Ho, V., Metcalfe, L., Vu, L., Short, M., Morrow, R.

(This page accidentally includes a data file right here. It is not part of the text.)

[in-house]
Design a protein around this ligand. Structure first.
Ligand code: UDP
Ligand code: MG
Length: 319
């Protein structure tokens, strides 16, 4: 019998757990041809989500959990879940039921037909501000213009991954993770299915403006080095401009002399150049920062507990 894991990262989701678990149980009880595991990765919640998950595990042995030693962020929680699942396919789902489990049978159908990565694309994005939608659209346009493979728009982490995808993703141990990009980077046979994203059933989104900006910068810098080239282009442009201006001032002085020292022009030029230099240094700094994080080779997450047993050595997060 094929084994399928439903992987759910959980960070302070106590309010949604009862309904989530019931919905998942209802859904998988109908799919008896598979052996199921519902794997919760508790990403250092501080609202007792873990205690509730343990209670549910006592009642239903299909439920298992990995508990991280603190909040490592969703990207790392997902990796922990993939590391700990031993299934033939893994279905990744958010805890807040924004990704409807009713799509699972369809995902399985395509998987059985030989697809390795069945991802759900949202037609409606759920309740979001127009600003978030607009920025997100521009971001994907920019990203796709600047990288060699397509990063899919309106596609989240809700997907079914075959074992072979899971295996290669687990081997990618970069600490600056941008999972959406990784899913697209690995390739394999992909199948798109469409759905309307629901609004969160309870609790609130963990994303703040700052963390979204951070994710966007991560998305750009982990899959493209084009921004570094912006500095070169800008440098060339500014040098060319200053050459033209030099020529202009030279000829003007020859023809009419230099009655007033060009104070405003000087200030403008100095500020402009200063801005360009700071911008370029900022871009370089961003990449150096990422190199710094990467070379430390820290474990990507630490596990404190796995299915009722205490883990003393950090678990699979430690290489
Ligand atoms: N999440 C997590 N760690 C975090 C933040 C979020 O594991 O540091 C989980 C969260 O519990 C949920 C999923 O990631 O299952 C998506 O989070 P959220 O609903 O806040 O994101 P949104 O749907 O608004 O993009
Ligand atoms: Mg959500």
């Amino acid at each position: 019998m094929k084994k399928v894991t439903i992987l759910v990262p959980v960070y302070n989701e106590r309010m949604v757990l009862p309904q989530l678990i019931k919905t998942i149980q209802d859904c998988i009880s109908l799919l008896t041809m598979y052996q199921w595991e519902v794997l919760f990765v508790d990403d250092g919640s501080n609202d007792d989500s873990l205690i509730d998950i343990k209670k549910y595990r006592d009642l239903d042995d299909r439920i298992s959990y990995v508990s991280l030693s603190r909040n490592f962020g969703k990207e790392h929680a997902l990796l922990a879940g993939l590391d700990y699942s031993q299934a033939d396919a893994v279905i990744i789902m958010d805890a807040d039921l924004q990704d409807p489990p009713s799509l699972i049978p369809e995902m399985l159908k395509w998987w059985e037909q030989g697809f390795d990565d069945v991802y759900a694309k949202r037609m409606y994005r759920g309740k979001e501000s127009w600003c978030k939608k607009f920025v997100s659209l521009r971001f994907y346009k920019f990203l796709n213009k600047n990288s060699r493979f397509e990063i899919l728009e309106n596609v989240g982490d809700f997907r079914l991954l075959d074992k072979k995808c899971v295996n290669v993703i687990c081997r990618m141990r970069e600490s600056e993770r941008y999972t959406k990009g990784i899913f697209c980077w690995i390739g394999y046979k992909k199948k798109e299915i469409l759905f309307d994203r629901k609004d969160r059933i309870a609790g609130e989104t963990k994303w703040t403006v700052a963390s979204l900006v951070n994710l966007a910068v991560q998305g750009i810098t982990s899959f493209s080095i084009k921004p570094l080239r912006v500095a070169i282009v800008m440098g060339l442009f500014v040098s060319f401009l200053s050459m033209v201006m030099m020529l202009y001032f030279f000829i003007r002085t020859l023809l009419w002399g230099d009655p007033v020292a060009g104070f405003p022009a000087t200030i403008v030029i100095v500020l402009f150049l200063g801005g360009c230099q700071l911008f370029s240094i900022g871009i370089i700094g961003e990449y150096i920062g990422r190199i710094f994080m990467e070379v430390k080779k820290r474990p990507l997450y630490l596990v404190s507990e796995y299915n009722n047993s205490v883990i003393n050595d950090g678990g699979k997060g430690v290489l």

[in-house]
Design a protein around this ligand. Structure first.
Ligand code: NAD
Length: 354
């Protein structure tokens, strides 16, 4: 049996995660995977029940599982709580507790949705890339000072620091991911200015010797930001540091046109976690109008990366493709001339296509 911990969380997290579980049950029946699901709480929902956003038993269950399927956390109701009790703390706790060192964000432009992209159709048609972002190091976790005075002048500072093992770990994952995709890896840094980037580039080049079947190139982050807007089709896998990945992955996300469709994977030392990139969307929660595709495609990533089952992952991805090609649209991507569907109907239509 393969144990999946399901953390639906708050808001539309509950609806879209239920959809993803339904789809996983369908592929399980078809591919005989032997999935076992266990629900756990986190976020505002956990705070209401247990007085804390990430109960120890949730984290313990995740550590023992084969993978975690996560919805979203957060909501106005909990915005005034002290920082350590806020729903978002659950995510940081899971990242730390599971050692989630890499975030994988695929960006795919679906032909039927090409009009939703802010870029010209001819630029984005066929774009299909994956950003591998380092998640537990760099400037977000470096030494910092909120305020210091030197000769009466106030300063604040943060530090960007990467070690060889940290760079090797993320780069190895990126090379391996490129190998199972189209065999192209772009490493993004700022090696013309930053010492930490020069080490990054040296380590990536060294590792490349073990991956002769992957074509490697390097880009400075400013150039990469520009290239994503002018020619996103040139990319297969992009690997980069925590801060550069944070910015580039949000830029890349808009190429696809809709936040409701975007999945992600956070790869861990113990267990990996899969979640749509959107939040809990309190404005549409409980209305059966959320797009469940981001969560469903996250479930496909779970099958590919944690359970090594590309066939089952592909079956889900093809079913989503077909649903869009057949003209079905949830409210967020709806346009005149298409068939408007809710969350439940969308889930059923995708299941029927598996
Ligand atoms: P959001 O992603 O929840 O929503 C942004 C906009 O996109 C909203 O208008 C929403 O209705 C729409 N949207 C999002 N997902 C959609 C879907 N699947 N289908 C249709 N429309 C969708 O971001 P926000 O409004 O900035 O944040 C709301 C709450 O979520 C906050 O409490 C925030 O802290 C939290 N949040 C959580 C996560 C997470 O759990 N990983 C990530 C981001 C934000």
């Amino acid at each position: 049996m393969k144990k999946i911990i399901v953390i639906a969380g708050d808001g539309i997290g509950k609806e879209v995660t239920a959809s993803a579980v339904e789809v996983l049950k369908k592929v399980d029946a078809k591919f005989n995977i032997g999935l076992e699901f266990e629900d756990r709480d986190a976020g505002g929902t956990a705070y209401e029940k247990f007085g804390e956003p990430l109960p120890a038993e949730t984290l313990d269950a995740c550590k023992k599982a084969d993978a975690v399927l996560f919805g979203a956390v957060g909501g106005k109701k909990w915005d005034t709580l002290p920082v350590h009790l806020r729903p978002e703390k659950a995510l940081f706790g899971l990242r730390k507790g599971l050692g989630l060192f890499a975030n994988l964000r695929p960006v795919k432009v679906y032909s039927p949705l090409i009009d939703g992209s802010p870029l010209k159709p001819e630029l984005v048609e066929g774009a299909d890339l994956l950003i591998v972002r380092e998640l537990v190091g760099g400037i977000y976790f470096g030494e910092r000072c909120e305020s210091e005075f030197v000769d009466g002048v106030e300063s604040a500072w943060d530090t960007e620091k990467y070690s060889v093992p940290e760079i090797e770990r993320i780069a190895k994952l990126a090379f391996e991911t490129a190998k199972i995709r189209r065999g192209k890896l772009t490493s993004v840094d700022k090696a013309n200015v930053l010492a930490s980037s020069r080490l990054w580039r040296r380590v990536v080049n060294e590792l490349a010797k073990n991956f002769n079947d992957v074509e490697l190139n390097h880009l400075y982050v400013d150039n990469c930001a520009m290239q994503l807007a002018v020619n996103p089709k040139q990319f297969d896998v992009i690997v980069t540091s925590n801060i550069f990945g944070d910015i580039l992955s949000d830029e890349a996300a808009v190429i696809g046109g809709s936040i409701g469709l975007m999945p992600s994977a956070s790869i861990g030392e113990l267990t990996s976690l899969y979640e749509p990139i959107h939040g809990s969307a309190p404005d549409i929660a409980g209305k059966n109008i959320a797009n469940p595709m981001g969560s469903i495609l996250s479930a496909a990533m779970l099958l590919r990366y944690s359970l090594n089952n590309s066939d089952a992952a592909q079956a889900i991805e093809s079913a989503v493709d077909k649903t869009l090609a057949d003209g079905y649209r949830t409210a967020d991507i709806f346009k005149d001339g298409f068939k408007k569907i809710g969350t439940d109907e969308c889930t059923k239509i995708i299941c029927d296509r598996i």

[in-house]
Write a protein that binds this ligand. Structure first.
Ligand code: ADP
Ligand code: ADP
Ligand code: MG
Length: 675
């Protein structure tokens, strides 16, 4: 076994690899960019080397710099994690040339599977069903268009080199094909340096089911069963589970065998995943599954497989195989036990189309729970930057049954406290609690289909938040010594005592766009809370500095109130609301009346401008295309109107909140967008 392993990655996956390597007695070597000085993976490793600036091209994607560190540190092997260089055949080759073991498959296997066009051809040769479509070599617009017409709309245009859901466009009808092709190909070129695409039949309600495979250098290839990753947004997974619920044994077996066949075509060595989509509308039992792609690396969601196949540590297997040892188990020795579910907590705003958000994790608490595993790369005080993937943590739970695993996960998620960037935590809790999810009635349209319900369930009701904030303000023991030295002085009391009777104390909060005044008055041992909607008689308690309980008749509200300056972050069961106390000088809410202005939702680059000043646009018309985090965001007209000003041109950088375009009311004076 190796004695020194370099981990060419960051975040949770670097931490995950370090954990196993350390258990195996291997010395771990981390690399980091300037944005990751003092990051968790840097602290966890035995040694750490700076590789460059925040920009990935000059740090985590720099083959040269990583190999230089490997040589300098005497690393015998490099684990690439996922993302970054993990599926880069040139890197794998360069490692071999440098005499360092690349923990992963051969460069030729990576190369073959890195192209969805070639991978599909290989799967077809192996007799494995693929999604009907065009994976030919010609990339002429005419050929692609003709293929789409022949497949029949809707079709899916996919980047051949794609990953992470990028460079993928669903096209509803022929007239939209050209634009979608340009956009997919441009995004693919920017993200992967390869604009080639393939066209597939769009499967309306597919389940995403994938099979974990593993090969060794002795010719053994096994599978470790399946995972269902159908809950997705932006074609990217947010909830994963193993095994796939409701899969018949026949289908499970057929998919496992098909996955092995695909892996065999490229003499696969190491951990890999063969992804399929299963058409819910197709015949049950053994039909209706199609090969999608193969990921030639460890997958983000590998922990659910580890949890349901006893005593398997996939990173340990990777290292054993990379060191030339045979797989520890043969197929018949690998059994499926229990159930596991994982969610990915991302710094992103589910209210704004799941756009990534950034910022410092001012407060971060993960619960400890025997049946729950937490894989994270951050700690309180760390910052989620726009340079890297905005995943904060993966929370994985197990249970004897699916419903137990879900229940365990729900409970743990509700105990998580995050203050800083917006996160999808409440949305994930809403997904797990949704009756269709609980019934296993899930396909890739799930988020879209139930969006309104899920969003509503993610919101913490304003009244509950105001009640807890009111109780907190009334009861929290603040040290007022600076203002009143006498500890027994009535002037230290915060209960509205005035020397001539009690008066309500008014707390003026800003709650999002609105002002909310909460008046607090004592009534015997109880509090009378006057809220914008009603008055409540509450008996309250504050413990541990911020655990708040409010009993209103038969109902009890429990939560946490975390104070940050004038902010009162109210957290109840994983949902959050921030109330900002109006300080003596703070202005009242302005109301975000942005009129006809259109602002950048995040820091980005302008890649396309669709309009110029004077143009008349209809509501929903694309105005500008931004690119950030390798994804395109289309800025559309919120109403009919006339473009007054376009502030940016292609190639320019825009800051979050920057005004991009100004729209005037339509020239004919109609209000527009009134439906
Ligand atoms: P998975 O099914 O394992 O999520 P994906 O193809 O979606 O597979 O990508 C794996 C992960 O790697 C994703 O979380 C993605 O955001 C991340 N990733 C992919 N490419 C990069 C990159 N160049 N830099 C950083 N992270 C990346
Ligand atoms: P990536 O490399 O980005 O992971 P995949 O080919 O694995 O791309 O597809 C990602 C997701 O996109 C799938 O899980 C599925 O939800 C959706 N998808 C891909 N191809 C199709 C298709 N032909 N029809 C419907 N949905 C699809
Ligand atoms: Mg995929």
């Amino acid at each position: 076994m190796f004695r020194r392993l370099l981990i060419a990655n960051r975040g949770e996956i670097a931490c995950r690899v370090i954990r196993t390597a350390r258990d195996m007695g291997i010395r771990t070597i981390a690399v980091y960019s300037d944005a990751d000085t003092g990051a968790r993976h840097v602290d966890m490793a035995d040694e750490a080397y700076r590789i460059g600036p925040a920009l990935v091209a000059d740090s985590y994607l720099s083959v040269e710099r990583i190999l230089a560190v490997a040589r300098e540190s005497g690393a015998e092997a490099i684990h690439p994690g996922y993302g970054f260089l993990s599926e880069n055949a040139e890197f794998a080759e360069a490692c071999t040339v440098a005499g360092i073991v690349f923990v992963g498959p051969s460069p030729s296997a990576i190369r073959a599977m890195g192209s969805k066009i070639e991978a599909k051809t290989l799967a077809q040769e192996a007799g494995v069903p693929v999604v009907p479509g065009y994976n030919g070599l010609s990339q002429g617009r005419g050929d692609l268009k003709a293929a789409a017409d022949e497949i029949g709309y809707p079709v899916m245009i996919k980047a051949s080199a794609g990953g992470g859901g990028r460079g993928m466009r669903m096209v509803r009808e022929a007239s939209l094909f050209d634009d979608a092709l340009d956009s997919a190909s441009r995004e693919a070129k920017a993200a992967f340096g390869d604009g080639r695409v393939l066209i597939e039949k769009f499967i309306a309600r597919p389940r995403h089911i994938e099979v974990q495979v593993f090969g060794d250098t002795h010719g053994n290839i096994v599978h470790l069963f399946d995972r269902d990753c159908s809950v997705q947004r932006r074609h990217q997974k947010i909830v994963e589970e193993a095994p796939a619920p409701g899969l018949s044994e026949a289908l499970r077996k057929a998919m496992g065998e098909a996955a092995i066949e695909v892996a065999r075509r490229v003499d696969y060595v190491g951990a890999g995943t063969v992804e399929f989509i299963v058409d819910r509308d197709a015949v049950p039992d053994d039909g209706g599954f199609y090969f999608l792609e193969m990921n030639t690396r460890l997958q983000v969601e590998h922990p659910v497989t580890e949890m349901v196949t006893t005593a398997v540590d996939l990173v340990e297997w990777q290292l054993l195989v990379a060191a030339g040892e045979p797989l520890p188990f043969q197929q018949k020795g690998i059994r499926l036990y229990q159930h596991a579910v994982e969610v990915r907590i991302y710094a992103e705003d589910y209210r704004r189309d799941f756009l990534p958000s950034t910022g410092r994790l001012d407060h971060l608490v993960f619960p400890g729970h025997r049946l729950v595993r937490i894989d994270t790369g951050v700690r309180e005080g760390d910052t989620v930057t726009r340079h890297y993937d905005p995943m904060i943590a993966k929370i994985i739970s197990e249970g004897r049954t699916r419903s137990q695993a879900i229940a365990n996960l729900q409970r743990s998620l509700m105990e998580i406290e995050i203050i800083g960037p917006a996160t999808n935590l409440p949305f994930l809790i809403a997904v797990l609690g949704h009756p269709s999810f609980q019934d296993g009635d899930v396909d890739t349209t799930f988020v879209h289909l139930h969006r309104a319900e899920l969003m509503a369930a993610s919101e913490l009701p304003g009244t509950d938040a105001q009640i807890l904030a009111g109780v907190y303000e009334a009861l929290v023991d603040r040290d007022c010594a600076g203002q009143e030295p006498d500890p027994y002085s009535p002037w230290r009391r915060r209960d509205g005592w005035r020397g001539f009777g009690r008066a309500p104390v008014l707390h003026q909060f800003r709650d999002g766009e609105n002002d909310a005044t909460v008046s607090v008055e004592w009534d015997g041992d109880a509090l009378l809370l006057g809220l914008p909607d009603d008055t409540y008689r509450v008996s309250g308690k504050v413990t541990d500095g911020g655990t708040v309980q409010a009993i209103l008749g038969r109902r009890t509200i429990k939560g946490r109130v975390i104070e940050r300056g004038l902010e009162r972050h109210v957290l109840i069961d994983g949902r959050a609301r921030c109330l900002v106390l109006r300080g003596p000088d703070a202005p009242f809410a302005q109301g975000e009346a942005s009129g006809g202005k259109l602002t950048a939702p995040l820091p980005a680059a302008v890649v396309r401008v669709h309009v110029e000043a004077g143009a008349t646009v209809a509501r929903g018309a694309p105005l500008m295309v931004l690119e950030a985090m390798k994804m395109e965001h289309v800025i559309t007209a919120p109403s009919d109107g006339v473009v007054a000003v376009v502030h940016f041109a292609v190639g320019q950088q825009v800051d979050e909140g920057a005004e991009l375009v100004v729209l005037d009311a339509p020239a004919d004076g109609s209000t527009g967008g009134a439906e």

BACKGROUND: Recent studies that compared patient spending in hospital-owned physician practices versus physician-owned groups did not compare quality of care. Past studies had incomplete measures of physician-hospital integration, or lacked patient-level data. OBJECTIVE: To measure the association between physician-hospital integration and both spending and quality using patient-level data and explicit physician-hospital contracting information. DESIGN: Retrospective review of claims data from 2014 through 2016. Adjustments were made for patient, physician, and regional characteristics. PATIENTS: Patients aged 19 to 64 enrolled in a Blue Cross Blue Shield Texas Preferred Provider Organization in the four largest metropolitan areas in Texas who could be attributed to a physician practice based on claims. MAIN OUTCOMES AND MEASURES: Annual spending per patient was compared for patients treated by a physician practice that is billing through a hospital, versus billing through an independent physician practice; spending was also subdivided by BETOS category, by site and type of care, and percent of patients with positive spending by subcategory. Quality measures included readmission within 30 days of discharge for hospitalized patients, appropriate care for diabetic patients, and screening mammography for women ages 50-64. RESULTS: Estimates suggest that patients in a preferred provider organization incur spending which is 5.8 percentage points higher when treated by doctors in hospital-owned versus physician-owned practices (95% CI 1.7 to 9.9; p = 0.006). Spending is significantly higher for durable medical equipment, imaging, unclassified services, and outpatient care. The spending difference appears attributable to greater service utilization rather than higher prices. There was no consistent difference in care quality for hospital-owned versus physician-owned practices. CONCLUSIONS AND RELEVANCE: We find that financial integration between physicians and hospitals raises patient spending, but not care quality. Given that higher spending raises the price of health insurance, policy makers should carefully consider policies that limit consolidation of hospitals and physicians.